The Surprising Benefits: Use “Preference” Money to Pay a Favored Debt
April 2, 2018
When a creditor is forced to pay back recently received money through “preference” law, that money can go to pay a debt you want to be paid.
Last week we introduced the law of preferences. This law says that if a creditor takes or receives money from you within the 90 days before you file your bankruptcy case, the creditor may need to pay it back. There are some complicated conditions that may apply, but in many situations the creditor does need to pay it back. See Section 547 of the Bankruptcy Code.
We ended last week by asking where this returned money goes. What good does it do you if that money just goes to your Chapter 7 trustee? After all, this liquidating trustee’s job is to distribute that money among all your other creditors. So how does that help you?
Chapter 7 Trustee’s Collection of Bankruptcy Assets
It’s true that under Chapter 7 “straight bankruptcy” it’s your bankruptcy trustee who makes a creditor return a “preferential payment.” The Bankruptcy Code says “the trustee may avoid” a preference payment. It’s not you, the debtor, who has that role. Section 547(b). (“Avoid” means requiring the creditor to pay the recently received money back, but to the trustee.)
That returned money then goes into the pool of money the trustee uses to pay your creditors. In most consumer Chapter 7 cases that’s the only money available to the trustee. That’s because everything that most debtors own is protected through property exemptions. Exemptions are categories and maximum amounts of assets that you can keep in bankruptcy under state and/or federal law. So, when a trustee avoids, or undoes a creditor’s preferential payment, that money is all the trustee has to work with.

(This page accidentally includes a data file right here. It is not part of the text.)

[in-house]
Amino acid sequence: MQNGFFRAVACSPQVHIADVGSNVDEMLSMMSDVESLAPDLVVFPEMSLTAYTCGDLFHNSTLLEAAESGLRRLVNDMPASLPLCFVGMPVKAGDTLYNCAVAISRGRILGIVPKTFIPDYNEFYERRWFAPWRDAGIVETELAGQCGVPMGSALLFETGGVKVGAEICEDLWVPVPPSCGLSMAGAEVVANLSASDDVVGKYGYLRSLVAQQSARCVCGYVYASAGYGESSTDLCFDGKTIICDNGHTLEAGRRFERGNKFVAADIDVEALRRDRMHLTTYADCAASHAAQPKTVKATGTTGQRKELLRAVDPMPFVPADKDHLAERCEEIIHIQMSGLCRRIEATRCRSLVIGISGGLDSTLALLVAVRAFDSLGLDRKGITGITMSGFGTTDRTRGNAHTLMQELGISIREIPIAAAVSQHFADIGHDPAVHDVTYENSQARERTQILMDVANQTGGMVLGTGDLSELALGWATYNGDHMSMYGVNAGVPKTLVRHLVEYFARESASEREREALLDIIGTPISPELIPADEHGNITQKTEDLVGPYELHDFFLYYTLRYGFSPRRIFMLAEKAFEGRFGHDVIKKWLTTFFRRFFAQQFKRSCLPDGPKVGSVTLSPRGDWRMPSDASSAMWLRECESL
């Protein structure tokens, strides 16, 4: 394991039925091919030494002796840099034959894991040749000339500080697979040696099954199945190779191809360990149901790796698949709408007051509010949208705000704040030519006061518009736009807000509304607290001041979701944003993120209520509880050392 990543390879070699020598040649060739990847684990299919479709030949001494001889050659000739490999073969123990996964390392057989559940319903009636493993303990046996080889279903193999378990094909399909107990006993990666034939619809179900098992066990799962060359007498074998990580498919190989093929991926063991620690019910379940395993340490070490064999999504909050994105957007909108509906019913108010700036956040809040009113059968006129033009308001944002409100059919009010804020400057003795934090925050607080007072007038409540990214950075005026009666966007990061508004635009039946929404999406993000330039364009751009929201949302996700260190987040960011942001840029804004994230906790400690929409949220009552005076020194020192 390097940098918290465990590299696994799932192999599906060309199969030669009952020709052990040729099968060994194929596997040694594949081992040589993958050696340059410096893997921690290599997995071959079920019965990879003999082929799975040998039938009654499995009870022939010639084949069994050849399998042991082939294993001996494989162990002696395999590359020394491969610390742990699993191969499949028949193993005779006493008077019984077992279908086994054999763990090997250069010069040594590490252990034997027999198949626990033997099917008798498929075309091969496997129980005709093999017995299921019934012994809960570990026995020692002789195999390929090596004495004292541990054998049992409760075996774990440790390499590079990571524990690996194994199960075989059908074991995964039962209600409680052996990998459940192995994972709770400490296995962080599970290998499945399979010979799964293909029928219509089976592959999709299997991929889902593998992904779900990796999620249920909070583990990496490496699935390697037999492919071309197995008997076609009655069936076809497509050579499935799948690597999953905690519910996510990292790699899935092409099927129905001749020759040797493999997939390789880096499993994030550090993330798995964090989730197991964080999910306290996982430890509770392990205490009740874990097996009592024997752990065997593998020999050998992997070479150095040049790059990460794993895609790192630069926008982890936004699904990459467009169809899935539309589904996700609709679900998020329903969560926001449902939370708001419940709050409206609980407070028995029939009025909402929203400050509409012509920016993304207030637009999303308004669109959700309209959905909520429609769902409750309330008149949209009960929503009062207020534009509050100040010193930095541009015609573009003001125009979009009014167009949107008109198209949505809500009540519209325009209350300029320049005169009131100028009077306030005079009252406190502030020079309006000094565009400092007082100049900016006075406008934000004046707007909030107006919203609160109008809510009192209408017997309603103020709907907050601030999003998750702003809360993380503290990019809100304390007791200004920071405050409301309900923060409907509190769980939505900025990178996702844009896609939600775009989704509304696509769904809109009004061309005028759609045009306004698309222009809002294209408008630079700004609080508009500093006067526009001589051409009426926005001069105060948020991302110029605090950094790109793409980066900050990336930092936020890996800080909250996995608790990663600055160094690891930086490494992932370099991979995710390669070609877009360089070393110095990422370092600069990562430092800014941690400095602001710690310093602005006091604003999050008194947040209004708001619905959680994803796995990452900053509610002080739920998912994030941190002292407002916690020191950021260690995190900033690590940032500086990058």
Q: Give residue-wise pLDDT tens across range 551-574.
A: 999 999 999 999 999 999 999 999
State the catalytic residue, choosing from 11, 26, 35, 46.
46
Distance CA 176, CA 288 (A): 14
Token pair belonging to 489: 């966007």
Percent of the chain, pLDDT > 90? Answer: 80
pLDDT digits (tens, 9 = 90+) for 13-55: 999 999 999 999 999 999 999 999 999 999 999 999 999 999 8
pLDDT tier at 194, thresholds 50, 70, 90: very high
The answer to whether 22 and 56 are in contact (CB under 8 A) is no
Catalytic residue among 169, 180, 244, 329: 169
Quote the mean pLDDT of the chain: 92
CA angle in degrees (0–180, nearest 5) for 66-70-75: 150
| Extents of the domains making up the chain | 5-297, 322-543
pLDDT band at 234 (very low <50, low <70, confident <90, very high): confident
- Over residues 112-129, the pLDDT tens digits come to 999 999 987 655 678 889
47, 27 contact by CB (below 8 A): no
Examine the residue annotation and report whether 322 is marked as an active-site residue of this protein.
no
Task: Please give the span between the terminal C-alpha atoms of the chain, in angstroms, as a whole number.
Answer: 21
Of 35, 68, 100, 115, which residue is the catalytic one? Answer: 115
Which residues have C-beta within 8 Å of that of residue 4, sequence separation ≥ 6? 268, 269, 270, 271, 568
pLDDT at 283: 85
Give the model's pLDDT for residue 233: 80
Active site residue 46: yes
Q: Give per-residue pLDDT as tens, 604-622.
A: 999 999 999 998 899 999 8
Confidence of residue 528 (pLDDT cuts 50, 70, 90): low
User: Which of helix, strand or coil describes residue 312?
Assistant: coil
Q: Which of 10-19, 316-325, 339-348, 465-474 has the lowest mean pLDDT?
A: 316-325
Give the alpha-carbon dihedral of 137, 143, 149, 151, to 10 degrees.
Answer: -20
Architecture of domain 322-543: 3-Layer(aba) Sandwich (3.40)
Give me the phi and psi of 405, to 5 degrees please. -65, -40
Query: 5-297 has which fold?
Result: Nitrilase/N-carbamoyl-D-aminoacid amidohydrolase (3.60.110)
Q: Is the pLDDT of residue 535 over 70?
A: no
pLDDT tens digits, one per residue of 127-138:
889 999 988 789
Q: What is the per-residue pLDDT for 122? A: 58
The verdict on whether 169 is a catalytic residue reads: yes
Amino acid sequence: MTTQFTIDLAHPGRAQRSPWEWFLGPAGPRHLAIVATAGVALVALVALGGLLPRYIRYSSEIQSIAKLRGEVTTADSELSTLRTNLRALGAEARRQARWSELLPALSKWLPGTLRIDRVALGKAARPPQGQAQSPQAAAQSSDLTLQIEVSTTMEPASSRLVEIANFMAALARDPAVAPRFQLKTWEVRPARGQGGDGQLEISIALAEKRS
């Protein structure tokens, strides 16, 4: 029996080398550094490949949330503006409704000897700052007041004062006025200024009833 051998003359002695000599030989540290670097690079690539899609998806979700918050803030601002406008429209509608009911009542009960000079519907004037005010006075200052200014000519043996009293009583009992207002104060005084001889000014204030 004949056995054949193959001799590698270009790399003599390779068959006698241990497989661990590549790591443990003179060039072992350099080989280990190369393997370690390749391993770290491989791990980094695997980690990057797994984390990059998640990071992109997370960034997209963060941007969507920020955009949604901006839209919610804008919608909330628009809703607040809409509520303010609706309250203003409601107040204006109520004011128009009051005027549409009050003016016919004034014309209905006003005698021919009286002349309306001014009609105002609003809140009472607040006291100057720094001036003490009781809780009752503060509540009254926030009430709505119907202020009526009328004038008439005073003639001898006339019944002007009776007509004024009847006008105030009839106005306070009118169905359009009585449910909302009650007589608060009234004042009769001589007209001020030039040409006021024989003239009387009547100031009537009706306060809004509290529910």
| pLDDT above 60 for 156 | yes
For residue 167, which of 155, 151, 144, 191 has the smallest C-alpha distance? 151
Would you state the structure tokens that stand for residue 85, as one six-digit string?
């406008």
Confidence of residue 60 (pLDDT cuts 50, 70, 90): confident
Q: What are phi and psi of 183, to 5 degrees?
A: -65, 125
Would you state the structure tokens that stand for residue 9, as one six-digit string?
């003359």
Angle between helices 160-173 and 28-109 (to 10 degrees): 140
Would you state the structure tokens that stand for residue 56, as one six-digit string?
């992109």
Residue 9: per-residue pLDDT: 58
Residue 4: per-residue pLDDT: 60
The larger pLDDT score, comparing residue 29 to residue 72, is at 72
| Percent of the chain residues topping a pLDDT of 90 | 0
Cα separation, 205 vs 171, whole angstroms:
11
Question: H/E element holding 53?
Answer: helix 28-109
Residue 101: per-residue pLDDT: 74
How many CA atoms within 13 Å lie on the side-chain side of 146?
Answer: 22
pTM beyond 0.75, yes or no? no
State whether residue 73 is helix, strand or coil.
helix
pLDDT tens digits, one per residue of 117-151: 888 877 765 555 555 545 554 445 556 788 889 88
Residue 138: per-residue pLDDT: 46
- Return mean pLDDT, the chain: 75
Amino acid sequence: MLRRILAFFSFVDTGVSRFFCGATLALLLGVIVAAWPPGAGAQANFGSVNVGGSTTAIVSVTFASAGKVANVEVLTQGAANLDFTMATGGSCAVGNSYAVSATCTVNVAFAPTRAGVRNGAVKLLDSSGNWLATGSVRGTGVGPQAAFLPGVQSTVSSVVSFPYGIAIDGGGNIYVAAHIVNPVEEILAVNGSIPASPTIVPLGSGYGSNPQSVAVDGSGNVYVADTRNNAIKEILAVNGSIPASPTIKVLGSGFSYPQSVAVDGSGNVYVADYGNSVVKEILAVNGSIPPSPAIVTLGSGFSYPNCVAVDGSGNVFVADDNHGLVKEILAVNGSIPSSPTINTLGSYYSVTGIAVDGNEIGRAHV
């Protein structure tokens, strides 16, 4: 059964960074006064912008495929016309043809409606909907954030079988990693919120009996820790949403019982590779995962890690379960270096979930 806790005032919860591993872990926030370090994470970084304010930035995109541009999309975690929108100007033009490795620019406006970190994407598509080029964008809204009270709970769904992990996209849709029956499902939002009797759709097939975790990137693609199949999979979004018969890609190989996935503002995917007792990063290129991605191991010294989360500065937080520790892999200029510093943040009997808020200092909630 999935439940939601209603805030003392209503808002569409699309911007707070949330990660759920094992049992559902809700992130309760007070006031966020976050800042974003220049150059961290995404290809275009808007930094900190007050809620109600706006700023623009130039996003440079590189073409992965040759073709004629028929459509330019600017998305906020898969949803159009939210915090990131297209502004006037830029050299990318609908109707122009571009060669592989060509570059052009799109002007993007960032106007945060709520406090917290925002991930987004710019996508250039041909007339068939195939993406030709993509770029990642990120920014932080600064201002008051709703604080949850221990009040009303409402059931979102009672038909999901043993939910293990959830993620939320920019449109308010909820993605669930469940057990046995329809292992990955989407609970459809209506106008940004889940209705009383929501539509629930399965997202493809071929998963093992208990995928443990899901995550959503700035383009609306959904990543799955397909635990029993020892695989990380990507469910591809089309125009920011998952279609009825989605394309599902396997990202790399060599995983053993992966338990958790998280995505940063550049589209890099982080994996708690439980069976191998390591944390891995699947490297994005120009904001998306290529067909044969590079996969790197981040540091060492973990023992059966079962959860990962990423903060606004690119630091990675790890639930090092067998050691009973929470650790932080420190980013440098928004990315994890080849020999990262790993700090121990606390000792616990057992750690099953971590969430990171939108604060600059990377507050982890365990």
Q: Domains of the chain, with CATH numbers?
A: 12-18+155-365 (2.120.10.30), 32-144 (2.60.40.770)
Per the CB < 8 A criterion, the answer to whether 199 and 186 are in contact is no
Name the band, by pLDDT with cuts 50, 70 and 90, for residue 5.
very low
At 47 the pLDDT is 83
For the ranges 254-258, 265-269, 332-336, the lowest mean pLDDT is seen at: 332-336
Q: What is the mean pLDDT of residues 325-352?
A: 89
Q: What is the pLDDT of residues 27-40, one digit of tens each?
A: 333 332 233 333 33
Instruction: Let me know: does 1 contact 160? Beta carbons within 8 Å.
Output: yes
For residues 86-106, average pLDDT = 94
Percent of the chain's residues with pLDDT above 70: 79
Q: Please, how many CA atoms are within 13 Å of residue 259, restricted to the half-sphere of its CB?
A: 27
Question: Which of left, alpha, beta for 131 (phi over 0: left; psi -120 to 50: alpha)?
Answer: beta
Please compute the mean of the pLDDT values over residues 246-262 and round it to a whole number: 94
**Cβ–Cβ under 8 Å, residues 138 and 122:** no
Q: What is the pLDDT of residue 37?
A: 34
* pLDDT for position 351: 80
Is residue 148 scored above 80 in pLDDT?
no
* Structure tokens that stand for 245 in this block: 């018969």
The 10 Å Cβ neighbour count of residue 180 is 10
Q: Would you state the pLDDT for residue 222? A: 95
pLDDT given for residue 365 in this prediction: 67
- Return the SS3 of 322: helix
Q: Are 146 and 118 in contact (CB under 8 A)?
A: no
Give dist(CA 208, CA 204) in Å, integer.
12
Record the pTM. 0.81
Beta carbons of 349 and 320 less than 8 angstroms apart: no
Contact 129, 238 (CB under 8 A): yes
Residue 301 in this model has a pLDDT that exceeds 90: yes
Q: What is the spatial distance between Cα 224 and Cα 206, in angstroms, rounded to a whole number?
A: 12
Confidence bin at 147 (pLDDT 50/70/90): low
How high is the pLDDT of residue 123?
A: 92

Whether the trustee only has the preference money or also liquidates an unprotected asset, what happens to the resulting money?
Chapter 7 Trustee’s Distribution of Bankruptcy Assets
Once the trustee has received the preference money (plus any other money from liquidating assets), he or she is required by law to then distribute that money in a very specific way. The law is laid out in the Bankruptcy Code’s Section 726, “Distribution of property of the [bankruptcy] estate.”
The distribution rules say that “priority” debts get paid in full before anything goes to any other debt. Section 726(a)(1) says the money first goes to debts under Section 507, which are a listing of the priority debts.
When an “Avoided Preference” Directly Benefits You
Simply put, if you want or need to pay a debt that’s a “priority” debt, the trustee will pay it. The trustee will pay it out of the money it got from the creditor by “avoiding” the preference payment. The trustee will pay your favored priority debt before paying any other debt.
For example, an unpaid child support payment or recent income tax debt would be a priority debt. These debts could not be discharged—legally written off—in a bankruptcy case. So you’d have to pay them after your Chapter 7 case was completed. But the trustee would pay such a debt from the preference money. That would either eliminate or reduce what you’d have to pay yourself.
If your priority debt that you’d like to be paid is larger than the amount of money the trustee has from the preference, the trustee would only pay part of that priority debt. If the trustee has more than enough money, he or she would pay off the whole priority debt.
(The trustee also gets paid a fee out of the same money, so you need to take that fee into account. The fee is based on a sliding scale: a maximum of 25% on the first $5,000 distributed, 10% on the next $45,000, etc. See Section 326(a).)
Preference law can make a creditor give up money it took from you shortly before you filed your bankruptcy case. Then this same money can instead go to pay a priority debt which you very much want to get paid.
This is quite a nice benefit of bankruptcy. You can force one of your less important creditors in effect to pay your most important creditor!